Office of Technical Intelligence, Office of the ASD for R and E Washington United States
Pagination or Media Count:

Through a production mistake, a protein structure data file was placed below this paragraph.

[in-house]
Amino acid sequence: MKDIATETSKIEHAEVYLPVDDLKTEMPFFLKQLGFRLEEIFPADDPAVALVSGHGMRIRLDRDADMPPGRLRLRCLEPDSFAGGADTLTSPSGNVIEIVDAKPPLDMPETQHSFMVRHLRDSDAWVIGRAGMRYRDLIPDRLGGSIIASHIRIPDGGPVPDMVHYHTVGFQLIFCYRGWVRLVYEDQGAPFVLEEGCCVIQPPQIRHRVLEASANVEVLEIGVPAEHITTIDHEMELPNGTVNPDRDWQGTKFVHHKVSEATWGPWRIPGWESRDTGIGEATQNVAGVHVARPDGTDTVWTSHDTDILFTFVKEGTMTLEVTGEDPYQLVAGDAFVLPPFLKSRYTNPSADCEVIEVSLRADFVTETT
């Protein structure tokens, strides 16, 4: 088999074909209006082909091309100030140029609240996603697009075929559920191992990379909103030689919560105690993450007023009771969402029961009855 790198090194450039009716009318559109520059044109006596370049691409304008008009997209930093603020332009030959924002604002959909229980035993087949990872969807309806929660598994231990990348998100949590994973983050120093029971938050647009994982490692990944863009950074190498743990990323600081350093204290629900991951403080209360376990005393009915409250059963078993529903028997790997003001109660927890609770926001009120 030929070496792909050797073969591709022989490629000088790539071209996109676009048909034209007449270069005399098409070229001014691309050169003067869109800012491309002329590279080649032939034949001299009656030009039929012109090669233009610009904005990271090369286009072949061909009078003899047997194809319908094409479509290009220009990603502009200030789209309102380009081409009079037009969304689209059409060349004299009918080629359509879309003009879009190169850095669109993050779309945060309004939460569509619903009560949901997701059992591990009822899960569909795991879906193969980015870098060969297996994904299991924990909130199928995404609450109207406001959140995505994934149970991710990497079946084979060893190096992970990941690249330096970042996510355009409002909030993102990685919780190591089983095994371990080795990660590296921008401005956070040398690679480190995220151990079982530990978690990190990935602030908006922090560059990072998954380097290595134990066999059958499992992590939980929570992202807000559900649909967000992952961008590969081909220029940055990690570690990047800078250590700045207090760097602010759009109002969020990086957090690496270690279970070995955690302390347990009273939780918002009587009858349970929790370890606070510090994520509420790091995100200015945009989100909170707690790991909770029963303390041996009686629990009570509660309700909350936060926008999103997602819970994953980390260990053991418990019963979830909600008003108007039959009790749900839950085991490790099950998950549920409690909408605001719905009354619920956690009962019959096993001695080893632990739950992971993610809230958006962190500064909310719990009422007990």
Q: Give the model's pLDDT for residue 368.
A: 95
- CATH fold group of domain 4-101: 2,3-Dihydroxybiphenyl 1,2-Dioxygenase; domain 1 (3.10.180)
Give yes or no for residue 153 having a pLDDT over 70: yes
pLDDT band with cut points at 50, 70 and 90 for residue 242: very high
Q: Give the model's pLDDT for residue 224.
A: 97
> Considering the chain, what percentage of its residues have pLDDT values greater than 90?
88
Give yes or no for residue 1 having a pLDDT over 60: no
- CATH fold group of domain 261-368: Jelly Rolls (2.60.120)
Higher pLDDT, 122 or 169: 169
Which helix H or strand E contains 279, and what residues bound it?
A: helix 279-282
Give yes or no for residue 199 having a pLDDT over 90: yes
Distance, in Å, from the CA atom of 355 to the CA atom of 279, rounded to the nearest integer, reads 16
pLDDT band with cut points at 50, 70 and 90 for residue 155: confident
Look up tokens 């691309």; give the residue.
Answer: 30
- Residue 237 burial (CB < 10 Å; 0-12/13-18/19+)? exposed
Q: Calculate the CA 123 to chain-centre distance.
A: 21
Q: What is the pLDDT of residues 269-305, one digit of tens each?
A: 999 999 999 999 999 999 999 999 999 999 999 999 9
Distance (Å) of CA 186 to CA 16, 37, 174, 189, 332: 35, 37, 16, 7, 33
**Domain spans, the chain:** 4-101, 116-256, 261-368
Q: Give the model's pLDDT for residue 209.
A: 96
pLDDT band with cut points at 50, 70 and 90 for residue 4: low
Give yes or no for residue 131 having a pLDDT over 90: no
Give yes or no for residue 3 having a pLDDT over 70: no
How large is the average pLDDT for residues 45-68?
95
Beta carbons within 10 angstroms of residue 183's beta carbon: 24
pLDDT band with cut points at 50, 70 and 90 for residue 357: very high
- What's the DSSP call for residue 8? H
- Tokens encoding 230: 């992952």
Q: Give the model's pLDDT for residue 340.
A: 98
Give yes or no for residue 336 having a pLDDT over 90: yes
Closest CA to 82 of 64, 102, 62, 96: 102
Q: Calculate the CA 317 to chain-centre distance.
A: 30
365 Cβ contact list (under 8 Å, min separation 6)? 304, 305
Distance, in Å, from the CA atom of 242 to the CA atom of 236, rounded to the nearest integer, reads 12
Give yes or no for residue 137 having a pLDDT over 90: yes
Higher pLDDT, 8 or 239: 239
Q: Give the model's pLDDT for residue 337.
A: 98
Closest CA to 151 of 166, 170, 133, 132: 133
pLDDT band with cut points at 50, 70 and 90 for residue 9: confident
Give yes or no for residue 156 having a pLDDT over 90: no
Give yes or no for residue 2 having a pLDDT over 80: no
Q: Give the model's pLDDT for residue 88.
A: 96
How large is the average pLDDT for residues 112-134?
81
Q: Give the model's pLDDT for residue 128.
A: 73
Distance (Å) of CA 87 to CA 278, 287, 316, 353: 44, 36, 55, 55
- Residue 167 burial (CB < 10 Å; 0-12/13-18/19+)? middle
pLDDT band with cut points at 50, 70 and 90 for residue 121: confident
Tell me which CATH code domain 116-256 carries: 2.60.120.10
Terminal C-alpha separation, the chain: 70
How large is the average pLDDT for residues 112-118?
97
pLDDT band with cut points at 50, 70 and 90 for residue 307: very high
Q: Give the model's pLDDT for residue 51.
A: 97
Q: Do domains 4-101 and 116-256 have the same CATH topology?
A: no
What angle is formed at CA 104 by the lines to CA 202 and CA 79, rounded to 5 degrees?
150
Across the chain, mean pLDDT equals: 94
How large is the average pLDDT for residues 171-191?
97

Synthetic biology is an emerging field in which scientists modify or engineer DNA to improve their ability to understand, predict, design, and build biological systems. For more than a century, scientists have been applying knowledge of biology to agriculture, medicine, and some industrial systems, but advances over the past 20 years have enabled scientists to pursue research programs and to modify organisms in substantially more complex and targeted ways. These developments spawned the synthetic biology field. Thus, it is not a new field, but it is new in its approach holistic engineering of biology and its promise. Bibliometric analyses of the synthetic biology field show a rapid rise in publications since the late 1990s. There have been more than 160 private synthetic biology companies operating since 2009 which have drawn more than 5.4 billion in private investment, and engineered organisms have spawned products worth more than 350 billion per year to the U.S. economy. Beyond economic impact, research has already demonstrated the potential for this field to have major effects on commodity and specialty materials, sensing, human performance, medical, and biological and chemical weapons threats and defense, all of which are of substantial importance to the U.S. Department of Defense DoD.